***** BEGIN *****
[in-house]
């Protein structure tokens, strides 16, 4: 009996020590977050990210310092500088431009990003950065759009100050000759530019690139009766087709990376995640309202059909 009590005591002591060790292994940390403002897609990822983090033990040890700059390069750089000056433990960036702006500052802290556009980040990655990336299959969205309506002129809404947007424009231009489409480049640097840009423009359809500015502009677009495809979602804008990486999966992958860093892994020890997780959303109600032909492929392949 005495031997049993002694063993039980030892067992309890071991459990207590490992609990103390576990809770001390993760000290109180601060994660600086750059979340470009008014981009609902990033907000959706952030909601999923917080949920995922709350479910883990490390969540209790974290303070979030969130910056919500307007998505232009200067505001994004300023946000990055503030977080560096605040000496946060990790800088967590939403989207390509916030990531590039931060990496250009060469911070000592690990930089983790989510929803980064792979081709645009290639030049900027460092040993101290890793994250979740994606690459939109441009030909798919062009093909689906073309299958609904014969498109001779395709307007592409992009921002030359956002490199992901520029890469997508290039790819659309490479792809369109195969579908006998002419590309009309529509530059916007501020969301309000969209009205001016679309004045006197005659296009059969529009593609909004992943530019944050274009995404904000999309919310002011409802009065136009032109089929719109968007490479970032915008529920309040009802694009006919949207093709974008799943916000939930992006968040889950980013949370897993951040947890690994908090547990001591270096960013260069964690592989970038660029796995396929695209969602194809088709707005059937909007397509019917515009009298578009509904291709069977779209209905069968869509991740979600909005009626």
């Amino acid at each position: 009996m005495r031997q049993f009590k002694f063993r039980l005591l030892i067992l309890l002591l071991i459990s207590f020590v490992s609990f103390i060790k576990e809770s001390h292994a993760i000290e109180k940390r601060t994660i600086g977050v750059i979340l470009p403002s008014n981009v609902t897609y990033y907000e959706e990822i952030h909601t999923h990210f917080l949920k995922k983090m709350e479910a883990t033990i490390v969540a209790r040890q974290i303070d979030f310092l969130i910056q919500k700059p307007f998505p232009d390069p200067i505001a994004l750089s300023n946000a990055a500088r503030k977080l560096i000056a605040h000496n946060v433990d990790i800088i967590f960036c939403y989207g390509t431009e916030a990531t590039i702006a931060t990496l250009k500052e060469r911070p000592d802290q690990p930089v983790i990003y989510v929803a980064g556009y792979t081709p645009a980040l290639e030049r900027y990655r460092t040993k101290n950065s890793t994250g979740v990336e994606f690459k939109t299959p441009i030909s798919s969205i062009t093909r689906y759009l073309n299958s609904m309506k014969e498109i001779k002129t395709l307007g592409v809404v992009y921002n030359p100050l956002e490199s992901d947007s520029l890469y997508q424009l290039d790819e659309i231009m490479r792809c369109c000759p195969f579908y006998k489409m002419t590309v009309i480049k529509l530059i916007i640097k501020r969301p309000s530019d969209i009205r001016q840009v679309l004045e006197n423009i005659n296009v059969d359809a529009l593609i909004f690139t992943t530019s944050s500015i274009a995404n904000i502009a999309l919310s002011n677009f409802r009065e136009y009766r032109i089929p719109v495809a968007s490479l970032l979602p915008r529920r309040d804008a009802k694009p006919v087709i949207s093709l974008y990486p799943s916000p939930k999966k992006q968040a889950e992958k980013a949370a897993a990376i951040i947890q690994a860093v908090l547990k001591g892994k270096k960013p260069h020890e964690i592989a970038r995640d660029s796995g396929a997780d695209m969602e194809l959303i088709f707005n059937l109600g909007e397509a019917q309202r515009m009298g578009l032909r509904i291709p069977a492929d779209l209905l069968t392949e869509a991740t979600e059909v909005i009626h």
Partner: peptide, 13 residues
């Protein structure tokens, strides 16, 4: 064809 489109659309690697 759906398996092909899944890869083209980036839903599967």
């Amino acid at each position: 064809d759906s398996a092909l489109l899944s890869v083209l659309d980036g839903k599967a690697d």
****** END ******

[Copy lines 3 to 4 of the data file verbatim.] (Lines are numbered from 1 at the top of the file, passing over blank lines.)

């Amino acid at each position: 009996m005495r031997q049993f009590k002694f063993r039980l005591l030892i067992l309890l002591l071991i459990s207590f020590v490992s609990f103390i060790k576990e809770s001390h292994a993760i000290e109180k940390r601060t994660i600086g977050v750059i979340l470009p403002s008014n981009v609902t897609y990033y907000e959706e990822i952030h909601t999923h990210f917080l949920k995922k983090m709350e479910a883990t033990i490390v969540a209790r040890q974290i303070d979030f310092l969130i910056q919500k700059p307007f998505p232009d390069p200067i505001a994004l750089s300023n946000a990055a500088r503030k977080l560096i000056a605040h000496n946060v433990d990790i800088i967590f960036c939403y989207g390509t431009e916030a990531t590039i702006a931060t990496l250009k500052e060469r911070p000592d802290q690990p930089v983790i990003y989510v929803a980064g556009y792979t081709p645009a980040l290639e030049r900027y990655r460092t040993k101290n950065s890793t994250g979740v990336e994606f690459k939109t299959p441009i030909s798919s969205i062009t093909r689906y759009l073309n299958s609904m309506k014969e498109i001779k002129t395709l307007g592409v809404v992009y921002n030359p100050l956002e490199s992901d947007s520029l890469y997508q424009l290039d790819e659309i231009m490479r792809c369109c000759p195969f579908y006998k489409m002419t590309v009309i480049k529509l530059i916007i640097k501020r969301p309000s530019d969209i009205r001016q840009v679309l004045e006197n423009i005659n296009v059969d359809a529009l593609i909004f690139t992943t530019s944050s500015i274009a995404n904000i502009a999309l919310s002011n677009f409802r009065e136009y009766r032109i089929p719109v495809a968007s490479l970032l979602p915008r529920r309040d804008a009802k694009p006919v087709i949207s093709l974008y990486p799943s916000p939930k999966k992006q968040a889950e992958k980013a949370a897993a990376i951040i947890q690994a860093v908090l547990k001591g892994k270096k960013p260069h020890e964690i592989a970038r995640d660029s796995g396929a997780d695209m969602e194809l959303i088709f707005n059937l109600g909007e397509a019917q309202r515009m009298g578009l032909r509904i291709p069977a492929d779209l209905l069968t392949e869509a991740t979600e059909v909005i009626h």
Partner: peptide, 13 residues